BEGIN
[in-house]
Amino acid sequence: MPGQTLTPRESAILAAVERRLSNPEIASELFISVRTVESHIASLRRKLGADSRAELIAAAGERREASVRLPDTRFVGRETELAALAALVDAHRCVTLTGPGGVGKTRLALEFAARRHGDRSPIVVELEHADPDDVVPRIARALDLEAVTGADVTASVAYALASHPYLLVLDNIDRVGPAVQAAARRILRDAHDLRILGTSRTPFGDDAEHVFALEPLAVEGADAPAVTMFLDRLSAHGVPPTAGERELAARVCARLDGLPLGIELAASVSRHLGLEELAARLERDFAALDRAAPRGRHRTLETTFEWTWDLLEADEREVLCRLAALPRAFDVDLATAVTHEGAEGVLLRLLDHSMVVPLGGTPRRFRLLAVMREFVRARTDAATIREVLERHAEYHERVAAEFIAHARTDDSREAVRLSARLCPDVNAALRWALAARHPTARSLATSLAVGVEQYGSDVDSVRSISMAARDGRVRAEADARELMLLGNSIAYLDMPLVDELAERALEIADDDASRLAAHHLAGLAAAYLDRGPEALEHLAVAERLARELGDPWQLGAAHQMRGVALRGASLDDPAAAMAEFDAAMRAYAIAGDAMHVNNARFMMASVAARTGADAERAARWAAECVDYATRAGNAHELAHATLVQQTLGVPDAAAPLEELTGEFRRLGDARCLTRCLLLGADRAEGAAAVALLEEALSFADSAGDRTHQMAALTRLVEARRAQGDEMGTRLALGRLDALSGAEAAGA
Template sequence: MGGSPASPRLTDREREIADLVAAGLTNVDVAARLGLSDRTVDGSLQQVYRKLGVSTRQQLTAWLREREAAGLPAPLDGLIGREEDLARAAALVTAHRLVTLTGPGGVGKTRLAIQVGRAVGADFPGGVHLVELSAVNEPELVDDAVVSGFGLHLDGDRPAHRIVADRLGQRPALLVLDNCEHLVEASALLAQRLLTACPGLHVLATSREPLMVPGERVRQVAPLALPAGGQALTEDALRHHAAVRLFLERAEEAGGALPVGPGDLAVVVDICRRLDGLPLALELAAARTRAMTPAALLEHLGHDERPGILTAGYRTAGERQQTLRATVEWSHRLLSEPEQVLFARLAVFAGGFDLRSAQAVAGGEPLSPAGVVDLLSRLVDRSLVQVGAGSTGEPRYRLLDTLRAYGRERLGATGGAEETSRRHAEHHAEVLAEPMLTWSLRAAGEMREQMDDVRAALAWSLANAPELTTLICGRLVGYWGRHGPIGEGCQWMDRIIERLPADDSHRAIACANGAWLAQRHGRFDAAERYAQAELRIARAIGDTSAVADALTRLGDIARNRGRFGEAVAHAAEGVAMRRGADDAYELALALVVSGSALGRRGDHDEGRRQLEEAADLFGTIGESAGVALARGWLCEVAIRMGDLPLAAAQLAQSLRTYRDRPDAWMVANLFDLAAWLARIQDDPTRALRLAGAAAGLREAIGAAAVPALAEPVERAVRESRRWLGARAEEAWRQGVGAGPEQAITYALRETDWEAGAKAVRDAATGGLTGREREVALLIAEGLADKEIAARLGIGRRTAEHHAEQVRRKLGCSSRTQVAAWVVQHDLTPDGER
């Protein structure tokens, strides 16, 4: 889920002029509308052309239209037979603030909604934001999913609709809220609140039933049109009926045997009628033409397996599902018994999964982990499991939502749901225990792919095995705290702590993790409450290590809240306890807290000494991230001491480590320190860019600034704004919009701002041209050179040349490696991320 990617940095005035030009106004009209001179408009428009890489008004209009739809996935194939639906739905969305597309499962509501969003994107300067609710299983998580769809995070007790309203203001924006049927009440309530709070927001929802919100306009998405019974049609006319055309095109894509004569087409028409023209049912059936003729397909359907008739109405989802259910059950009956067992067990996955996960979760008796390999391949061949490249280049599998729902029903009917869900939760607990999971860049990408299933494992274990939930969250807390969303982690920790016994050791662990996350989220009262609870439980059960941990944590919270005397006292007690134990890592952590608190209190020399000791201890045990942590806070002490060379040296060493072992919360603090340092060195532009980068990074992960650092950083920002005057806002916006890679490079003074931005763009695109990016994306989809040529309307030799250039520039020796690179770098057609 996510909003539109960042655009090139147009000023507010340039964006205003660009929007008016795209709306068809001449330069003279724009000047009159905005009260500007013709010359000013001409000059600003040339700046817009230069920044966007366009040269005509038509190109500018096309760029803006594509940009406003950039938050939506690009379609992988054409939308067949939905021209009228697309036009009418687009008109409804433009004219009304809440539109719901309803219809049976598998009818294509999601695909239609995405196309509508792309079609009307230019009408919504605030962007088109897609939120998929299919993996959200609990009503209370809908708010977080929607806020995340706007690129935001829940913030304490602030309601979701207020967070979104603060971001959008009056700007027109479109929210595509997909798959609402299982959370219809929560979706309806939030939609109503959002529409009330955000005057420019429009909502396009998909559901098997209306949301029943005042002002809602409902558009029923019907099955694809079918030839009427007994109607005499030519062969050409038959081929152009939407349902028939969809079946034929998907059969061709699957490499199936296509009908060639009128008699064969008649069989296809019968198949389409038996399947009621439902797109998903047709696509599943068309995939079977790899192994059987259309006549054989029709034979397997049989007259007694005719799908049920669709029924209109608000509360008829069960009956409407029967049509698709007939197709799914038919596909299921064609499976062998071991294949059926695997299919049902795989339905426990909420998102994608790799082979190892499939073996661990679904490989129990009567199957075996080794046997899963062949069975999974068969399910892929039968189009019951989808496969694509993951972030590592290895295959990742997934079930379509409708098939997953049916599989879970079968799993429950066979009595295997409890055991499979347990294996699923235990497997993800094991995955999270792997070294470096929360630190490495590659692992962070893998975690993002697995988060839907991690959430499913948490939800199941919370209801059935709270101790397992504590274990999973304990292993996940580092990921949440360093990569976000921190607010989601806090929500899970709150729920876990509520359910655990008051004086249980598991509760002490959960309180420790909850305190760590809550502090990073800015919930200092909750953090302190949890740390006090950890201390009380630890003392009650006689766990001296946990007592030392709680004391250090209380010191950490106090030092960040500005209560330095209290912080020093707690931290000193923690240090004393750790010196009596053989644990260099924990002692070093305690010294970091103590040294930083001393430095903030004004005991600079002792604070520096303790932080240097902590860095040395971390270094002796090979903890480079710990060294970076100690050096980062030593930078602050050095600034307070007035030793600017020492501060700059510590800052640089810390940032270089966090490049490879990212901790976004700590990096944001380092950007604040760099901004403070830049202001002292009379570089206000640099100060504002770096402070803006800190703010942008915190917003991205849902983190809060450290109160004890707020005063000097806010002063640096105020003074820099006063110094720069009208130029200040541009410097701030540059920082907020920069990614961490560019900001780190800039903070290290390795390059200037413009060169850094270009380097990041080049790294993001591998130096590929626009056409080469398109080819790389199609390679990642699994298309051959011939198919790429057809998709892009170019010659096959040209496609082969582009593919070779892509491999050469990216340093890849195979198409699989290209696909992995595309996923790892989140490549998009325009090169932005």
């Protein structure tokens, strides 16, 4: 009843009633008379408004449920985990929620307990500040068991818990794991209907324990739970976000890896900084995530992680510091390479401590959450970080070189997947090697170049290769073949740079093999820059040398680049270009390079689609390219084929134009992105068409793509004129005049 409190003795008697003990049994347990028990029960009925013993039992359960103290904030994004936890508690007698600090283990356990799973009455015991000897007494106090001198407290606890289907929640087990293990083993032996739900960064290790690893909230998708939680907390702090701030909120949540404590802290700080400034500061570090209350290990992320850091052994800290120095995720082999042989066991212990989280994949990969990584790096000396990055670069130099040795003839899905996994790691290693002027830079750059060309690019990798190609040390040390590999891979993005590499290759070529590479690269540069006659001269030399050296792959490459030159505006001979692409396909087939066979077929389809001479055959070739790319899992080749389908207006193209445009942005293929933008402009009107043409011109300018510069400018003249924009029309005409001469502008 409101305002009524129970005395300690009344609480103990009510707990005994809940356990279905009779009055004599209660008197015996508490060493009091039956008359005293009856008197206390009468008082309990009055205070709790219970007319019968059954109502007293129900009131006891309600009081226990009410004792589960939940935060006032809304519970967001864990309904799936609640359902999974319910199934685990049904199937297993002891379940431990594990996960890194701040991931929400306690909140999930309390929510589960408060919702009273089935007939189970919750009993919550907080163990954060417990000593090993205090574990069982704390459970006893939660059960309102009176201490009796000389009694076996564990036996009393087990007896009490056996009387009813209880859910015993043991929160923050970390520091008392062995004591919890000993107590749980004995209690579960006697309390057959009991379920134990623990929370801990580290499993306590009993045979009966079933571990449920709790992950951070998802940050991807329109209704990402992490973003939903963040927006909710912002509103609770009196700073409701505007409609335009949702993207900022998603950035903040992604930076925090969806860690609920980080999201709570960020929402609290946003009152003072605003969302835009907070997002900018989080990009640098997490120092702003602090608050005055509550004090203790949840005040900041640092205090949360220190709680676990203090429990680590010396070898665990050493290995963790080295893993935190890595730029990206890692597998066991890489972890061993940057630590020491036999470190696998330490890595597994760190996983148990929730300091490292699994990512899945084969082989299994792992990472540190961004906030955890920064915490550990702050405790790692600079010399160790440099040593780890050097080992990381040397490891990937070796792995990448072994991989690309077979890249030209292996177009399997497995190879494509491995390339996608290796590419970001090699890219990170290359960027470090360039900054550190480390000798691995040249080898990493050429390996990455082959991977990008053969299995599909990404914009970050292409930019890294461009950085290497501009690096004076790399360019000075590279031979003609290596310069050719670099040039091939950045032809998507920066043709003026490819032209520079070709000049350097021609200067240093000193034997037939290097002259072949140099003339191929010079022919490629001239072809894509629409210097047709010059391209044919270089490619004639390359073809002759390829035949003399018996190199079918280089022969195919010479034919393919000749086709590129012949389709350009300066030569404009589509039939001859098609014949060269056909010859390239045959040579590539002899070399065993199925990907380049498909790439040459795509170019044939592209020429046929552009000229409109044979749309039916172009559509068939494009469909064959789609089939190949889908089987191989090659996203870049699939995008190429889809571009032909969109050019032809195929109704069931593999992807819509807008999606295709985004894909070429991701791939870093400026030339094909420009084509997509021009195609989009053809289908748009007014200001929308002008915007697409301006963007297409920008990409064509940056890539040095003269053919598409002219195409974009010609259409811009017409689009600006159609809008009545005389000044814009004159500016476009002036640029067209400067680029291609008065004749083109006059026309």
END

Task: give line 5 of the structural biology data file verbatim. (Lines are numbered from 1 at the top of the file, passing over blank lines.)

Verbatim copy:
């Protein structure tokens, strides 16, 4: 009843009633008379408004449920985990929620307990500040068991818990794991209907324990739970976000890896900084995530992680510091390479401590959450970080070189997947090697170049290769073949740079093999820059040398680049270009390079689609390219084929134009992105068409793509004129005049 409190003795008697003990049994347990028990029960009925013993039992359960103290904030994004936890508690007698600090283990356990799973009455015991000897007494106090001198407290606890289907929640087990293990083993032996739900960064290790690893909230998708939680907390702090701030909120949540404590802290700080400034500061570090209350290990992320850091052994800290120095995720082999042989066991212990989280994949990969990584790096000396990055670069130099040795003839899905996994790691290693002027830079750059060309690019990798190609040390040390590999891979993005590499290759070529590479690269540069006659001269030399050296792959490459030159505006001979692409396909087939066979077929389809001479055959070739790319899992080749389908207006193209445009942005293929933008402009009107043409011109300018510069400018003249924009029309005409001469502008 409101305002009524129970005395300690009344609480103990009510707990005994809940356990279905009779009055004599209660008197015996508490060493009091039956008359005293009856008197206390009468008082309990009055205070709790219970007319019968059954109502007293129900009131006891309600009081226990009410004792589960939940935060006032809304519970967001864990309904799936609640359902999974319910199934685990049904199937297993002891379940431990594990996960890194701040991931929400306690909140999930309390929510589960408060919702009273089935007939189970919750009993919550907080163990954060417990000593090993205090574990069982704390459970006893939660059960309102009176201490009796000389009694076996564990036996009393087990007896009490056996009387009813209880859910015993043991929160923050970390520091008392062995004591919890000993107590749980004995209690579960006697309390057959009991379920134990623990929370801990580290499993306590009993045979009966079933571990449920709790992950951070998802940050991807329109209704990402992490973003939903963040927006909710912002509103609770009196700073409701505007409609335009949702993207900022998603950035903040992604930076925090969806860690609920980080999201709570960020929402609290946003009152003072605003969302835009907070997002900018989080990009640098997490120092702003602090608050005055509550004090203790949840005040900041640092205090949360220190709680676990203090429990680590010396070898665990050493290995963790080295893993935190890595730029990206890692597998066991890489972890061993940057630590020491036999470190696998330490890595597994760190996983148990929730300091490292699994990512899945084969082989299994792992990472540190961004906030955890920064915490550990702050405790790692600079010399160790440099040593780890050097080992990381040397490891990937070796792995990448072994991989690309077979890249030209292996177009399997497995190879494509491995390339996608290796590419970001090699890219990170290359960027470090360039900054550190480390000798691995040249080898990493050429390996990455082959991977990008053969299995599909990404914009970050292409930019890294461009950085290497501009690096004076790399360019000075590279031979003609290596310069050719670099040039091939950045032809998507920066043709003026490819032209520079070709000049350097021609200067240093000193034997037939290097002259072949140099003339191929010079022919490629001239072809894509629409210097047709010059391209044919270089490619004639390359073809002759390829035949003399018996190199079918280089022969195919010479034919393919000749086709590129012949389709350009300066030569404009589509039939001859098609014949060269056909010859390239045959040579590539002899070399065993199925990907380049498909790439040459795509170019044939592209020429046929552009000229409109044979749309039916172009559509068939494009469909064959789609089939190949889908089987191989090659996203870049699939995008190429889809571009032909969109050019032809195929109704069931593999992807819509807008999606295709985004894909070429991701791939870093400026030339094909420009084509997509021009195609989009053809289908748009007014200001929308002008915007697409301006963007297409920008990409064509940056890539040095003269053919598409002219195409974009010609259409811009017409689009600006159609809008009545005389000044814009004159500016476009002036640029067209400067680029291609008065004749083109006059026309």